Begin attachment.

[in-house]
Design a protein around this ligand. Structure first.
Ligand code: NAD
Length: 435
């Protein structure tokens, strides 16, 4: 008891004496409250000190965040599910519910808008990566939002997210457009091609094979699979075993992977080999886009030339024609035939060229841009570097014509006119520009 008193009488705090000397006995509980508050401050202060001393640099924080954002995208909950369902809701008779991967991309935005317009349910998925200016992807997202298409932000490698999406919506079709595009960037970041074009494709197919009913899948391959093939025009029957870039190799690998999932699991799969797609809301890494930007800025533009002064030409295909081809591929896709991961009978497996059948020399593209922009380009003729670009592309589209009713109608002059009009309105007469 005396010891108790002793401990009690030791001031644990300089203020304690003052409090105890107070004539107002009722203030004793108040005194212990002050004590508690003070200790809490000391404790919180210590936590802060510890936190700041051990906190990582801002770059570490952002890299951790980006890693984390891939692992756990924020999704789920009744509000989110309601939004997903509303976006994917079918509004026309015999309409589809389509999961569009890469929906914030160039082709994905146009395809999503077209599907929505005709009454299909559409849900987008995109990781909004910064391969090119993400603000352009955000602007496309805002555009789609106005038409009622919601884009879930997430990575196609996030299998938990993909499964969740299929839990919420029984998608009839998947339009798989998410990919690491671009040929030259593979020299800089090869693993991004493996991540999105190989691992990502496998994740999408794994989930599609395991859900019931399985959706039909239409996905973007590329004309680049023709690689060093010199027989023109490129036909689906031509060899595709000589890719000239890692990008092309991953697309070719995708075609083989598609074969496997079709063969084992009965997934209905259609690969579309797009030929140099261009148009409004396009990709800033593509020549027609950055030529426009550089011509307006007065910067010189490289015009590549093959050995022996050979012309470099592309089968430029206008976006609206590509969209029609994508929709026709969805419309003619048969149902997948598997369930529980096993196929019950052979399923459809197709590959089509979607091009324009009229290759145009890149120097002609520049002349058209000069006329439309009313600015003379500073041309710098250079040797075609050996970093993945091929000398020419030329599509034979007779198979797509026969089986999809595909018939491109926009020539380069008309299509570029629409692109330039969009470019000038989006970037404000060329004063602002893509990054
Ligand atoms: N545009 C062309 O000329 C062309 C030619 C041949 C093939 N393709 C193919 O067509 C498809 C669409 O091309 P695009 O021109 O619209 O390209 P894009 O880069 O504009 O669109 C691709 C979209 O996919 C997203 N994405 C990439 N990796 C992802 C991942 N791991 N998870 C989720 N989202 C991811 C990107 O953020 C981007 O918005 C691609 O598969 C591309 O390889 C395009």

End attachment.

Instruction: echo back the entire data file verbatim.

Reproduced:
[in-house]
Design a protein around this ligand. Structure first.
Ligand code: NAD
Length: 435
């Protein structure tokens, strides 16, 4: 008891004496409250000190965040599910519910808008990566939002997210457009091609094979699979075993992977080999886009030339024609035939060229841009570097014509006119520009 008193009488705090000397006995509980508050401050202060001393640099924080954002995208909950369902809701008779991967991309935005317009349910998925200016992807997202298409932000490698999406919506079709595009960037970041074009494709197919009913899948391959093939025009029957870039190799690998999932699991799969797609809301890494930007800025533009002064030409295909081809591929896709991961009978497996059948020399593209922009380009003729670009592309589209009713109608002059009009309105007469 005396010891108790002793401990009690030791001031644990300089203020304690003052409090105890107070004539107002009722203030004793108040005194212990002050004590508690003070200790809490000391404790919180210590936590802060510890936190700041051990906190990582801002770059570490952002890299951790980006890693984390891939692992756990924020999704789920009744509000989110309601939004997903509303976006994917079918509004026309015999309409589809389509999961569009890469929906914030160039082709994905146009395809999503077209599907929505005709009454299909559409849900987008995109990781909004910064391969090119993400603000352009955000602007496309805002555009789609106005038409009622919601884009879930997430990575196609996030299998938990993909499964969740299929839990919420029984998608009839998947339009798989998410990919690491671009040929030259593979020299800089090869693993991004493996991540999105190989691992990502496998994740999408794994989930599609395991859900019931399985959706039909239409996905973007590329004309680049023709690689060093010199027989023109490129036909689906031509060899595709000589890719000239890692990008092309991953697309070719995708075609083989598609074969496997079709063969084992009965997934209905259609690969579309797009030929140099261009148009409004396009990709800033593509020549027609950055030529426009550089011509307006007065910067010189490289015009590549093959050995022996050979012309470099592309089968430029206008976006609206590509969209029609994508929709026709969805419309003619048969149902997948598997369930529980096993196929019950052979399923459809197709590959089509979607091009324009009229290759145009890149120097002609520049002349058209000069006329439309009313600015003379500073041309710098250079040797075609050996970093993945091929000398020419030329599509034979007779198979797509026969089986999809595909018939491109926009020539380069008309299509570029629409692109330039969009470019000038989006970037404000060329004063602002893509990054
Ligand atoms: N545009 C062309 O000329 C062309 C030619 C041949 C093939 N393709 C193919 O067509 C498809 C669409 O091309 P695009 O021109 O619209 O390209 P894009 O880069 O504009 O669109 C691709 C979209 O996919 C997203 N994405 C990439 N990796 C992802 C991942 N791991 N998870 C989720 N989202 C991811 C990107 O953020 C981007 O918005 C691609 O598969 C591309 O390889 C395009």